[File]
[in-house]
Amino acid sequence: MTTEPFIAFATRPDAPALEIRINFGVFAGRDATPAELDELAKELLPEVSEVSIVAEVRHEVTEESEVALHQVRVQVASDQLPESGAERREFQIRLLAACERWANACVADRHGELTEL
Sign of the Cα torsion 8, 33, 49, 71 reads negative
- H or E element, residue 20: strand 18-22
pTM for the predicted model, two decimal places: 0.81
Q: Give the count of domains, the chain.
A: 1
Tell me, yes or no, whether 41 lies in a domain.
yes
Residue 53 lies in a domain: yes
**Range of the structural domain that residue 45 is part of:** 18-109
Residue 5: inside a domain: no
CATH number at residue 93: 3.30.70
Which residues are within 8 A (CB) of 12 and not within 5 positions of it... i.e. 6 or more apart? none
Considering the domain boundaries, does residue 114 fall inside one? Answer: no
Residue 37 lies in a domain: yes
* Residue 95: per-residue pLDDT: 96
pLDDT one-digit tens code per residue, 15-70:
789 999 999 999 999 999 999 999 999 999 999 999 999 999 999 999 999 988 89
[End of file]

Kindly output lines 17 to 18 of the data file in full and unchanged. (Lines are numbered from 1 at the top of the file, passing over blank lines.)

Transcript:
* Residue 95: per-residue pLDDT: 96
pLDDT one-digit tens code per residue, 15-70: